Born in Breil, Gascony, France, c. 1305; died January 6, 1366; cultus approved in 1608; feast day was January 25.
.  What is most surprising in our days is that Innocent VI and Urban V seem to have placed Peter Thomas virtually in command of expeditions which were dis­tinctly military in character. He was sent to Constantinople in 1359 with a large contingent of troops and contributions in money, himself holding the title of “Universal Legate to the Eastern Church”; and when in 1365 an expeditionary force was sent to make an attack on infidel Alexandria, again the legate had virtual direction of the enterprise. The expedition ended disastrously. In the assault the legate was more than once wounded with arrows, and when he died a holy death at Cyprus three months later (January 6, 1366) it was stated that these wounds had caused, or at least accelerated, the end, and he was hailed as a martyr.   On behalf of Pope Urban V and with the support of King Peter I of Cyprus, he led a crusade against the Turks. In an unsuccessful attack on Alexandria, Peter was wounded and died three months later on Cyprus. Throughout his active life, he remained true to the spirit of his contemplative profession (Benedictines).

1431 Blessed Mary of Pisa Widow miraculous favors  saw guardian angel from childhoodTHE history of Bd Mary Mancini is a standing illustration of the principle that holiness depends very little upon external circumstances. There is, in fact, no condition of life which the interior spirit may not sanctify. Here we have a servant of God who was twice married and many times a mother, who then lived for several years in the world as a widow, joined a relaxed religious house, reformed it, and finally founded a community of exceptionally strict observance, in which she died at an advanced age in the fragrance of sanctity.   Saint Catherine of Siena visited Pisa at about this time, and the two saintly women were drawn together into a holy friendship. As they prayed together in the Dominican church one day, they were surrounded by a bright cloud, out of which flew a white dove. They conversed joyfully on spiritual matters, and were mutually strengthened by the meeting.  On the advice of Saint Catherine of Siena, Catherine Mancini retired to the enclosed Santa Croce convent of the Second Order. In religion, she was given the name Mary, by which she is usually known. She embraced the religious life in all its primitive austerity and reformed the convent. With Blessed Clare Gambacorta and a few other members of the convent, she founded a new and much more austere house, which had been built by Peter Gambacorta. Our Lady's prophecy of his benefaction was thus fulfilled.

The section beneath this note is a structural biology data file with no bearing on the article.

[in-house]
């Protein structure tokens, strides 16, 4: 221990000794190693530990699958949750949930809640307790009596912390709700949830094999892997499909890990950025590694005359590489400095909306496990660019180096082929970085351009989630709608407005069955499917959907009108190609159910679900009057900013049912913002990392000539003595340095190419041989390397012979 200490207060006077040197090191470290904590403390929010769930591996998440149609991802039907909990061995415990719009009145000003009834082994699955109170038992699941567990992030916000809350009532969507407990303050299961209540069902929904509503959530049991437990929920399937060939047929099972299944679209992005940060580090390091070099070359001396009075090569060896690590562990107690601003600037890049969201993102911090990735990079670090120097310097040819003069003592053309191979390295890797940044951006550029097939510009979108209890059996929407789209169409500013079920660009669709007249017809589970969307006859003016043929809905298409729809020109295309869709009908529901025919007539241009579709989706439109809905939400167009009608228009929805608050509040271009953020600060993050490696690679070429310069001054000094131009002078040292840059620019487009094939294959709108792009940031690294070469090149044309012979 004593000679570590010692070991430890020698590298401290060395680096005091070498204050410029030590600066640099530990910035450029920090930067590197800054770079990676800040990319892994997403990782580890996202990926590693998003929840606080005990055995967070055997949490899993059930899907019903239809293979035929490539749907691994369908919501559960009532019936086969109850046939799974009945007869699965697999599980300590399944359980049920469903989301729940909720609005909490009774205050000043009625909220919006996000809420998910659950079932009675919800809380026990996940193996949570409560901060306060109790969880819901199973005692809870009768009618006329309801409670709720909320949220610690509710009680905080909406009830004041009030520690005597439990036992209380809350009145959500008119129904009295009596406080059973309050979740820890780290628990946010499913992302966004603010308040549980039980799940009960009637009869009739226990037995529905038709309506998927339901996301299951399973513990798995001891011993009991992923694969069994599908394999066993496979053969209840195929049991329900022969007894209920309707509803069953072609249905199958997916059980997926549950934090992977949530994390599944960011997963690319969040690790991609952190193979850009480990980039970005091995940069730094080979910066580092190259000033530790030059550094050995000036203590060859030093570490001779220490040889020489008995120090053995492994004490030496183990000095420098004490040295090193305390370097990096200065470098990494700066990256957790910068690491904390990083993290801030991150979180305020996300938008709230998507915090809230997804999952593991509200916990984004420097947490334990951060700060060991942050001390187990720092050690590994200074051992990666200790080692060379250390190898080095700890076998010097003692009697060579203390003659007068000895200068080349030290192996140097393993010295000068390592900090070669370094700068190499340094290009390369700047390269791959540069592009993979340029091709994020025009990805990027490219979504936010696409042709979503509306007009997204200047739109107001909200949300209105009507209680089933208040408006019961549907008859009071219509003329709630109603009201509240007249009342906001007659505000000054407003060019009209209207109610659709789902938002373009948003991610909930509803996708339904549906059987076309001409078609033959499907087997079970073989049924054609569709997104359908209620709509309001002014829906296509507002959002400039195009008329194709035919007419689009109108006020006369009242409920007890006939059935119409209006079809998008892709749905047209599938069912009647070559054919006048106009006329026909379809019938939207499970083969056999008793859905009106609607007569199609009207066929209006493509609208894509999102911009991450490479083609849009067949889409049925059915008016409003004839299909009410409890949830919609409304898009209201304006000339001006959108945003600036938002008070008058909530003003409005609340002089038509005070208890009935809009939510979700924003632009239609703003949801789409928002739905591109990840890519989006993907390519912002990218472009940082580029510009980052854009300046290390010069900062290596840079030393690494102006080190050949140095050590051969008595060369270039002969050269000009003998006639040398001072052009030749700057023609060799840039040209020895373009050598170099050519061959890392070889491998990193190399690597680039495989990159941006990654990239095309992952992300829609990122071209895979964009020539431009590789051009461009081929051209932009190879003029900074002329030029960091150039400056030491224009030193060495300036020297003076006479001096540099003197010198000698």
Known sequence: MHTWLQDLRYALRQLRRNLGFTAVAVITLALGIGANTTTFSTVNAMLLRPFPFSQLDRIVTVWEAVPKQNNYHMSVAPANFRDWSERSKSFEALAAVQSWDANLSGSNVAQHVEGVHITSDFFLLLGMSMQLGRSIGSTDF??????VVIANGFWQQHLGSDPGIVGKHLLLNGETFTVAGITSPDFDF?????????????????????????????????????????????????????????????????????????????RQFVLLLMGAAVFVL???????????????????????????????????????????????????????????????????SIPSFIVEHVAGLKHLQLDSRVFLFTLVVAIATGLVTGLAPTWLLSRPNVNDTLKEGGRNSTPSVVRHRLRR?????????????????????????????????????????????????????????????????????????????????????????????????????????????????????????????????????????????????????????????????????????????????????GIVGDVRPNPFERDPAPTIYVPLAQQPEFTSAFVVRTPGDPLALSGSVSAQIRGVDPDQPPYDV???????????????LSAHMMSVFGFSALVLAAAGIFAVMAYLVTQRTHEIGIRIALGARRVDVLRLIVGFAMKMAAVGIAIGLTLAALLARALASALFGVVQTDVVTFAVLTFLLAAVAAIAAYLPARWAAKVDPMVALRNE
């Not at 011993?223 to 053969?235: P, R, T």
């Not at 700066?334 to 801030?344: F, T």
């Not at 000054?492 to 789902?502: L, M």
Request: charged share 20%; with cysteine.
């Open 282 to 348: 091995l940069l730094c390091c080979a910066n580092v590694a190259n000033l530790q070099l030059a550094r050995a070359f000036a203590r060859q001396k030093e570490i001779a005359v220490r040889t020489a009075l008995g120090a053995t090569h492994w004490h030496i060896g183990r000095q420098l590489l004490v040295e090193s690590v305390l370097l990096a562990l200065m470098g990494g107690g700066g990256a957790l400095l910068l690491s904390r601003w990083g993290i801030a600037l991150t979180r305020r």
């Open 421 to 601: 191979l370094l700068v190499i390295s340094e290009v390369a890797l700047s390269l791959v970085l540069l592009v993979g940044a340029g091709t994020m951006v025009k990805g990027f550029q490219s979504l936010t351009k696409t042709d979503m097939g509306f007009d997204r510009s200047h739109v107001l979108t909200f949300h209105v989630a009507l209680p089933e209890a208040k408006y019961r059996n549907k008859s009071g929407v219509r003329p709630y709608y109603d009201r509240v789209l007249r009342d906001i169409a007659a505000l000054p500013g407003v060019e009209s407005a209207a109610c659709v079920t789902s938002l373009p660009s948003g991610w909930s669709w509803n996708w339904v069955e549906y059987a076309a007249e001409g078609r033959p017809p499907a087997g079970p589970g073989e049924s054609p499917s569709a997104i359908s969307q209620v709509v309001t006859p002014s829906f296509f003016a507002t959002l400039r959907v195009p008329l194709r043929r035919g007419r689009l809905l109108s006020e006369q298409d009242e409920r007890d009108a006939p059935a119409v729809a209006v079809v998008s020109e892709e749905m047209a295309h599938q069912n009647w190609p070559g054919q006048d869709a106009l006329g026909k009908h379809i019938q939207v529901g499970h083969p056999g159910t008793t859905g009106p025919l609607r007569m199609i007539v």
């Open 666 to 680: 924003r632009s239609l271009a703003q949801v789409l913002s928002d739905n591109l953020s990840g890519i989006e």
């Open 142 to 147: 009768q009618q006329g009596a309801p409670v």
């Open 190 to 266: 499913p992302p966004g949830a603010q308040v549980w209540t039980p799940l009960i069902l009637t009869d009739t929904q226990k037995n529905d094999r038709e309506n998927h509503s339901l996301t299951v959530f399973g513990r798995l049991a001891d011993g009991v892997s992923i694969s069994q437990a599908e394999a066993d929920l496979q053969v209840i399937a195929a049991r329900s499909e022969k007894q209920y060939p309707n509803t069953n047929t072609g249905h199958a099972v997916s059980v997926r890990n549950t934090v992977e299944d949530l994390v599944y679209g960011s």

1622 St Francis De Sales, Bishop Of Geneva And Doctor Of The Church, Co-Founder Of The Order Of The Visitation St Francis De Sales was born at the Château de Sales in Savoy on August 21, 1567, and on the following day was baptized in the parish church of Thorens under the name of Francis Bonaventure. His patron saint in after-life was the Poverello of Assisi, and the room in which he was born was known as “St Francis’s room”, from a painting of the saint preaching to the birds and fishes.
At this time, owing to armed hostilities and the inroads of Protestantism, the religious condition of the people of the Chablais, on the south shore of the Lake of Geneva, was deplorable, and the Duke of Savoy applied to Bishop de Granier to send missioners who might win back his subjects to the Church. In response the bishop sent a priest to Thonon, the capital of the Chablais. The first attempt was fruitless, and the priest was soon forced to withdraw. The bishop, summoning his chapter, put the whole matter before them, disguising none of the difficulties and dangers. Perhaps of all those present, the provost was the one who best realized the gravity of the task, but nevertheless he stood up and offered himself for the work, saying very simply, “My lord, if you think I am capable of under­taking the mission, tell me to go. I am ready to obey, and should be happy to be chosen.” The bishop accepted at once, to Francis’s great joy. But M. de Boisy took a different view of the matter and hastened to Annecy to stop what he called “this piece of folly”. In his opinion it meant sending Francis to his death. Kneeling at the feet of the bishop he exclaimed, “My lord, I allowed my eldest son, the hope of my house, of my old age, of my life, to devote himself to the service of the Church to be a confessor, but I cannot give him up to be a martyr!” When Mgr de Granier, impressed by the distress and insistence of his old friend, seemed on the point of yielding, it was Francis who implored him to be firm, saying, “Would you make me unworthy of the Kingdom of God? Having put my hand to the plough, would you have me look back?”